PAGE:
Treasury yields rise after February wholesale inflation turns out hotter than expected

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Treasury yields rise after February wholesale inflation turns out hotter than expected

U.S. Treasury yields climbed Thursday after hotter-than-expected wholesale inflation report worried traders about its potential impact on Federal Reserve policy going forward.

Yields on the 10-year Treasury note rose about 11 basis points to 4.298%, while the 2-year Treasury yield was last at 4.69%, up about 6.5 basis points.

Yields and prices move in opposite directions, and one basis point equals 0.01%.

Treasurys

The producer price index rose 0.6% in February. Core PPI, which strips out food and energy, gained 0.3%. Economists polled by Dow Jones expected an increase of 0.3% for the headline number and a 0.2% advance for core PPI.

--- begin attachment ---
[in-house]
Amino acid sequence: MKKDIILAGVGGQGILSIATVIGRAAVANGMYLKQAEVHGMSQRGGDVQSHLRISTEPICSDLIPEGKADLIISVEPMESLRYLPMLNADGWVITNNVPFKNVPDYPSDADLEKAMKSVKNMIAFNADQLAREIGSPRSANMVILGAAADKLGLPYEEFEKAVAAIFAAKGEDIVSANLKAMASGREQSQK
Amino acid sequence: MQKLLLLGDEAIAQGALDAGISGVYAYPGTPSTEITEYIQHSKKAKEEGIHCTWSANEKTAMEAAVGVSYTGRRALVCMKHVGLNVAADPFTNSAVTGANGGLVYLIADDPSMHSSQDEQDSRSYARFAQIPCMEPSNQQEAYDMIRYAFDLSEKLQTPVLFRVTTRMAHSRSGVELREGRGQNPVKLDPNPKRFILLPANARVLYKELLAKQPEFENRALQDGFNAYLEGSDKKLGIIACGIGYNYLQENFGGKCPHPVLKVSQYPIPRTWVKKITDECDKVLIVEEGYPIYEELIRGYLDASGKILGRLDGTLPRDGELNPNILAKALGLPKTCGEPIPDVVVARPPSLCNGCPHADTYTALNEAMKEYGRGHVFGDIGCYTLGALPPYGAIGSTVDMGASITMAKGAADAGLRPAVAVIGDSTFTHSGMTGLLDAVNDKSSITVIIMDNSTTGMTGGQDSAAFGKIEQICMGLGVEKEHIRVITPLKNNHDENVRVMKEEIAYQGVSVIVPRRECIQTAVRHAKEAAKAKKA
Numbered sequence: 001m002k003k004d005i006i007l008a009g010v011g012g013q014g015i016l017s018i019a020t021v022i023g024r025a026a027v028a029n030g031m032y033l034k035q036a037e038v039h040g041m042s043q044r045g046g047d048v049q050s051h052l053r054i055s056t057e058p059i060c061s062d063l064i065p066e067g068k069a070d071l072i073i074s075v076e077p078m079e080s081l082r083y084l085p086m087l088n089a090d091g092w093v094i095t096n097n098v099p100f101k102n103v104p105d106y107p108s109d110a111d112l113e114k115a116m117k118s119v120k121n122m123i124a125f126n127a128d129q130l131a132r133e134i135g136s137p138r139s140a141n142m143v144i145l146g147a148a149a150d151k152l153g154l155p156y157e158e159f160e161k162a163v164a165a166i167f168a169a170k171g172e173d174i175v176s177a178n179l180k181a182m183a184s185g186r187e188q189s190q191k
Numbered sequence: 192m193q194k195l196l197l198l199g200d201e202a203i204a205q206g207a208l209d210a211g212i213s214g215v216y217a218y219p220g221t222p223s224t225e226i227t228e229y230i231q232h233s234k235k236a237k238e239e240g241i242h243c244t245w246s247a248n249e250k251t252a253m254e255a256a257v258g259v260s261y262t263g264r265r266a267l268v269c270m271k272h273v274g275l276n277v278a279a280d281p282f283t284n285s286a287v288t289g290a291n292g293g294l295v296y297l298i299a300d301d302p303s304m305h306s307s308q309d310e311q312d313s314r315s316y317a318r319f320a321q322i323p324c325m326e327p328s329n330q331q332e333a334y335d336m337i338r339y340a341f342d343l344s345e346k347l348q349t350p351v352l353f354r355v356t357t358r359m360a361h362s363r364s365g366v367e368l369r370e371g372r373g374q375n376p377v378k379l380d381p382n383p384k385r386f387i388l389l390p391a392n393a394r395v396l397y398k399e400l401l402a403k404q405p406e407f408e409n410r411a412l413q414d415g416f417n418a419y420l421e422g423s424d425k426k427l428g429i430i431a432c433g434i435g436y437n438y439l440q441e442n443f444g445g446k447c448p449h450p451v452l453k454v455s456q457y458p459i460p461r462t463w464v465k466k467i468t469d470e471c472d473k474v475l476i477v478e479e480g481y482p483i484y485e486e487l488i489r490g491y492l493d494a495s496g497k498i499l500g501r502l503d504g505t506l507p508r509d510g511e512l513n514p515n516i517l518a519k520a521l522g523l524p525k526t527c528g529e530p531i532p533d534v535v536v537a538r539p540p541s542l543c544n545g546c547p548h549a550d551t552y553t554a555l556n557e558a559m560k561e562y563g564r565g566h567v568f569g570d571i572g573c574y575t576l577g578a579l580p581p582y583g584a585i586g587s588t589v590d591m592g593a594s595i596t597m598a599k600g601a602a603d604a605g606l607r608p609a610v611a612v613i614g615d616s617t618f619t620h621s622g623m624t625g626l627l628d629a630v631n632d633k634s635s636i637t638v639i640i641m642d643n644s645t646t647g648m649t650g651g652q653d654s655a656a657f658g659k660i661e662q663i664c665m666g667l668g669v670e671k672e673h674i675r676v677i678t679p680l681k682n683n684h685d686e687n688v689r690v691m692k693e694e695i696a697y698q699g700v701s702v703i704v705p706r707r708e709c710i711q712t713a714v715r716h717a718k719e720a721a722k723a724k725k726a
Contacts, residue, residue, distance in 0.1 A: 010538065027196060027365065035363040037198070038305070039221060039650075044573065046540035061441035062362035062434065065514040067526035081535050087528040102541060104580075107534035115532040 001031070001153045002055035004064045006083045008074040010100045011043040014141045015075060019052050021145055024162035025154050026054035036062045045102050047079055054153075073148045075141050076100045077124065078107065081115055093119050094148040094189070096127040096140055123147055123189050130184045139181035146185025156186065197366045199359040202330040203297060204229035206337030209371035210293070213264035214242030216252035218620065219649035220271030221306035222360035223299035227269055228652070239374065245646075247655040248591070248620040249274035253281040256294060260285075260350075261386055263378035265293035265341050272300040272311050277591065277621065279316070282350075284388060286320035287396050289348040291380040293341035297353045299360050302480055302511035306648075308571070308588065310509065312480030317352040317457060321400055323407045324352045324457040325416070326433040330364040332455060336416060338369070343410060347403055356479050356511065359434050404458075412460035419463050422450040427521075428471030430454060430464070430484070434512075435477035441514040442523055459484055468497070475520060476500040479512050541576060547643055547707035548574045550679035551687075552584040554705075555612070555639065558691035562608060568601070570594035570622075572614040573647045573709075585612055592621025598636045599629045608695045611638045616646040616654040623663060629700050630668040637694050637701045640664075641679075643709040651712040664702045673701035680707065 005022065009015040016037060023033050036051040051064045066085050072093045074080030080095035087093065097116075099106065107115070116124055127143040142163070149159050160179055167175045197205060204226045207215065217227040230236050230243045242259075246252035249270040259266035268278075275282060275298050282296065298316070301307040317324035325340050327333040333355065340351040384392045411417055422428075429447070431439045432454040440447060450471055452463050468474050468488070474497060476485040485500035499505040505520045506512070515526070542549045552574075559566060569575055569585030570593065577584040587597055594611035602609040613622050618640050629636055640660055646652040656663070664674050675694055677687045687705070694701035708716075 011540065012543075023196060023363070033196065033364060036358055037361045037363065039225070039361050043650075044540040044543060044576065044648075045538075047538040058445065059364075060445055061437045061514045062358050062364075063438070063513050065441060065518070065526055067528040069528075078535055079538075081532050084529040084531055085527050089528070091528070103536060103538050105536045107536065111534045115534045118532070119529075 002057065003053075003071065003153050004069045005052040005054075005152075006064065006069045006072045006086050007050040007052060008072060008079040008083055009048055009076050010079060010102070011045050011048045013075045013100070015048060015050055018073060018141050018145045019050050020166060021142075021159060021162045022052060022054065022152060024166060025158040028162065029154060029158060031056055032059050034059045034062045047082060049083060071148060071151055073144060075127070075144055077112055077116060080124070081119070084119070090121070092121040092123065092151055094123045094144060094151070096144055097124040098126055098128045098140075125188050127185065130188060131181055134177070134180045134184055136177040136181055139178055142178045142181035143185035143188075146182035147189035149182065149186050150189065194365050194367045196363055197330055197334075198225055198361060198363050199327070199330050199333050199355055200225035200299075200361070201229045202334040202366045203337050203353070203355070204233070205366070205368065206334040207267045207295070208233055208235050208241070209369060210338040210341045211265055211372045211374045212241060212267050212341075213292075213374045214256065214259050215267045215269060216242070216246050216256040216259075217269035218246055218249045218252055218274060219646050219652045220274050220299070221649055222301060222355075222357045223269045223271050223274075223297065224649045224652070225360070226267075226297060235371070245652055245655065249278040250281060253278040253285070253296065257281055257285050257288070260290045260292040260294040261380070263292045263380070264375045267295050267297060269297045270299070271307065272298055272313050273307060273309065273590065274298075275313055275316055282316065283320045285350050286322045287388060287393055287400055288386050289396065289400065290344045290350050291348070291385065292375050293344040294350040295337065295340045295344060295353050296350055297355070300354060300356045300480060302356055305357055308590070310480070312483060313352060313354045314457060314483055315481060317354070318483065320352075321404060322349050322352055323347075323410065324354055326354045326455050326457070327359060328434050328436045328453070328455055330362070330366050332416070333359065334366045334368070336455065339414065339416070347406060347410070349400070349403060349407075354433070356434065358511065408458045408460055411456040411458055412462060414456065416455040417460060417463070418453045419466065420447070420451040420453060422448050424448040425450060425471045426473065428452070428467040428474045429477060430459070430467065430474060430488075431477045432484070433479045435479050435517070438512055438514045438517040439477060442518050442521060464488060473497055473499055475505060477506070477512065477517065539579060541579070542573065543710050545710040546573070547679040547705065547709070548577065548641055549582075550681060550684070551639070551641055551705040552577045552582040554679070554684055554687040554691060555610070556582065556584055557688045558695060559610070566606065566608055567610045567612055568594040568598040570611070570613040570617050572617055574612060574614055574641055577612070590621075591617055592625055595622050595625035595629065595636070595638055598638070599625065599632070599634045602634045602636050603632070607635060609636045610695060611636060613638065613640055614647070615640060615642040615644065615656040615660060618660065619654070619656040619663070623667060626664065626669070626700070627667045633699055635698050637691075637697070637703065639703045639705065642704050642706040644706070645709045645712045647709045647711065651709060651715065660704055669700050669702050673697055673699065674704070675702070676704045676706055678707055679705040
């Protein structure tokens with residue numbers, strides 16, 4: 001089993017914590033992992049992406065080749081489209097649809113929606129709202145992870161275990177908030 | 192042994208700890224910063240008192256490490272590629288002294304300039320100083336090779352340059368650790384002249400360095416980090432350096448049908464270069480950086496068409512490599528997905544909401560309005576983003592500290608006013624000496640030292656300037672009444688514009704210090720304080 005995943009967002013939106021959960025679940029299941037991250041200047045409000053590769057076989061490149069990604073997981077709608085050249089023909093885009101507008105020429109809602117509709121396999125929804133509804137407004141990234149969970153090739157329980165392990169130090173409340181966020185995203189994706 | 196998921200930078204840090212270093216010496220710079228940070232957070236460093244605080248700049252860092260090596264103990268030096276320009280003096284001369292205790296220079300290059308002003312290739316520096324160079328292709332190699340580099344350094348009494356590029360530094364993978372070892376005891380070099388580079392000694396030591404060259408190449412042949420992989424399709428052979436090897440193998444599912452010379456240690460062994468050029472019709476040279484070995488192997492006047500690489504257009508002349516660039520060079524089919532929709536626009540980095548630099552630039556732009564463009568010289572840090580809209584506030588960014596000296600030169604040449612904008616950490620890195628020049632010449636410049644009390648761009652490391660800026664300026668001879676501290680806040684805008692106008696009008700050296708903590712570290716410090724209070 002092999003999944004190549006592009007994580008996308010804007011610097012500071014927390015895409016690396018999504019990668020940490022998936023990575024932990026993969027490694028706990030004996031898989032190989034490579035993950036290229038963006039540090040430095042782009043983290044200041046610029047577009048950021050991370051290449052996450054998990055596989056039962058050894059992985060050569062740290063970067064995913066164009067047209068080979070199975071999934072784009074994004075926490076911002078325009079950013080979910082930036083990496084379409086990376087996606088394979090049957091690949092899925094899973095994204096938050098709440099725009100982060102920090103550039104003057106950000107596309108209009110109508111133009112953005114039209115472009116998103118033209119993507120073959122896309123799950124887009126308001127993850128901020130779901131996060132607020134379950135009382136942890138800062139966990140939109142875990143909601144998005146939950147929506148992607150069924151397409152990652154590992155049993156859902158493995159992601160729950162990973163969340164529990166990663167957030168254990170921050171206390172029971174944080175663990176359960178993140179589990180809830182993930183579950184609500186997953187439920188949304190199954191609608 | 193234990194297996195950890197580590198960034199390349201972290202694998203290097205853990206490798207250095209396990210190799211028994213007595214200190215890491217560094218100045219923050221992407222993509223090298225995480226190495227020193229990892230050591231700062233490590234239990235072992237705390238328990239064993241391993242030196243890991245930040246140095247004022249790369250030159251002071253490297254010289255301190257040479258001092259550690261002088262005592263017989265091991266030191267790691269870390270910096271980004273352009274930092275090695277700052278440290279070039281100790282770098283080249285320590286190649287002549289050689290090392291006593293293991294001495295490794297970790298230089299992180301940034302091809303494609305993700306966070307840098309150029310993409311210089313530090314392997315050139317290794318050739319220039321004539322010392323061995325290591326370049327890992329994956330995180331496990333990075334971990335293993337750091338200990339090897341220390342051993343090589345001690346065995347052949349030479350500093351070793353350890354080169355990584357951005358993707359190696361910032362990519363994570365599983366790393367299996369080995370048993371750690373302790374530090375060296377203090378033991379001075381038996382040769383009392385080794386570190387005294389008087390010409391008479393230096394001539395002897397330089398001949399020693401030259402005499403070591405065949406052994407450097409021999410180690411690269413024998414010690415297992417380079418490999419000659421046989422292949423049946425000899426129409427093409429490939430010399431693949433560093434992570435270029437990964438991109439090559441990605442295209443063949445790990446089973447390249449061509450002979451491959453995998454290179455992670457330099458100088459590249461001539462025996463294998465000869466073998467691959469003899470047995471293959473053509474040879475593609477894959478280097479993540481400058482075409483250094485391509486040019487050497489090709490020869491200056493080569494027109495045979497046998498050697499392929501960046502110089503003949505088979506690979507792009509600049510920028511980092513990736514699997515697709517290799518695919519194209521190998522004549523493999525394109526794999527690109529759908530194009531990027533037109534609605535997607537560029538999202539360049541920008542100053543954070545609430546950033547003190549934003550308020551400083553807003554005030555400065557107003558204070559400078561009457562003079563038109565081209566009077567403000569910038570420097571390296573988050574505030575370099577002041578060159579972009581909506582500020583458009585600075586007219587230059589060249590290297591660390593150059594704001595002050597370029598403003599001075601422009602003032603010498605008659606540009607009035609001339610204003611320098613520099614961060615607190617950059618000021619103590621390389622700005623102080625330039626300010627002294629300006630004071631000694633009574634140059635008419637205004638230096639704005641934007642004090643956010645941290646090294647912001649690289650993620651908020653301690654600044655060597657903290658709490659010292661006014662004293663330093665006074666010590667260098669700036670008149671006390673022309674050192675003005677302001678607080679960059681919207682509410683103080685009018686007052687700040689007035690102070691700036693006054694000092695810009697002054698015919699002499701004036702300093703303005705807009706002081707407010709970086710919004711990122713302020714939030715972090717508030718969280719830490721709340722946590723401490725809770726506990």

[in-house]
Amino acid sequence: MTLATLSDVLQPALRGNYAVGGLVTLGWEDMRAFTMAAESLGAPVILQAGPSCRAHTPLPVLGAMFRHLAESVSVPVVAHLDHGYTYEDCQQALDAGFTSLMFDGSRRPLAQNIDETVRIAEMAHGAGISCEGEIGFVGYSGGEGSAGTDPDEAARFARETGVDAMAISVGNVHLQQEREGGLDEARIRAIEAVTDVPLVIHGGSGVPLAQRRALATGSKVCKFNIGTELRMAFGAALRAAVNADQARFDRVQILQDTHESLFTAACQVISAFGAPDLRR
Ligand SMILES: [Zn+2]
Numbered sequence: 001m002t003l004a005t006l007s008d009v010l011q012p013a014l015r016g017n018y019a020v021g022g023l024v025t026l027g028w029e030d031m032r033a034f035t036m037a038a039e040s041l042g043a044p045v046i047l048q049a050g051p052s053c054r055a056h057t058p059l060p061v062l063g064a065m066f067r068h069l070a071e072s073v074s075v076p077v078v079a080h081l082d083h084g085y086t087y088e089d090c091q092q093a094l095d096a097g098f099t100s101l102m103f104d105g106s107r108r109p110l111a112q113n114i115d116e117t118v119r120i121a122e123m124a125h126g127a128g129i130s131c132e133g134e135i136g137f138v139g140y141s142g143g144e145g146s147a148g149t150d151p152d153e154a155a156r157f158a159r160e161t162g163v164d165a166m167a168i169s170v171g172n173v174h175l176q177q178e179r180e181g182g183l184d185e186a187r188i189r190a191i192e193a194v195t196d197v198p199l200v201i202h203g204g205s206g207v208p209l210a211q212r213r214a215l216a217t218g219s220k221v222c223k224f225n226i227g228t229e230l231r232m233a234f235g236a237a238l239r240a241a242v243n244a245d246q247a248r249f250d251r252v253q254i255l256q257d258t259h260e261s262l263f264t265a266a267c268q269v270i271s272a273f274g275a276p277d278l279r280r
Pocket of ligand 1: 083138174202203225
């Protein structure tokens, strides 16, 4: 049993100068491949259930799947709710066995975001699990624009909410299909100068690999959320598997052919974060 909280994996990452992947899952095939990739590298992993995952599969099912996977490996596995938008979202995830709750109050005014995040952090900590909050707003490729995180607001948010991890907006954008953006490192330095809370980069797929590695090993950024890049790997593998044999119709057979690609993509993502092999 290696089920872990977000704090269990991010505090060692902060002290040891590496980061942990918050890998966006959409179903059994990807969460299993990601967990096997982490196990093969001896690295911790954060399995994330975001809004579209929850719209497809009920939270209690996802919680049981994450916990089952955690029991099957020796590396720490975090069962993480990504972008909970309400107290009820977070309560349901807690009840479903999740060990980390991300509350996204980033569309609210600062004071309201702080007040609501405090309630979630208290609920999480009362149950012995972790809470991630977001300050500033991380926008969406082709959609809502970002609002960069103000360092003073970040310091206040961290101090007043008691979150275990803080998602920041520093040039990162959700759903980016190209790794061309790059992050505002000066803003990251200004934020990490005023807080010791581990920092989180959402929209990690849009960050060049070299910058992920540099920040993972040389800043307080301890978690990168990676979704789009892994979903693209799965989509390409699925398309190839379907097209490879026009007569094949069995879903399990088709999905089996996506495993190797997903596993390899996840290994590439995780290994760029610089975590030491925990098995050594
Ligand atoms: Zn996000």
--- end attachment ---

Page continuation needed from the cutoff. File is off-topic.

It marks the last major data release before the Fed’s meeting March 19-20. Investors are widely expecting interest rates to be left unchanged, but are looking for fresh hints as to when rate cuts might begin and how many are likely this year.

Policymakers have said they are looking for further evidence that inflation is returning to the central bank’s 2% target range before making any moves in monetary policy.

Earlier this week, the consumer price index for February also came in slightly higher than expected, rising 0.4% on a monthly basis and 3.2% from a year earlier.

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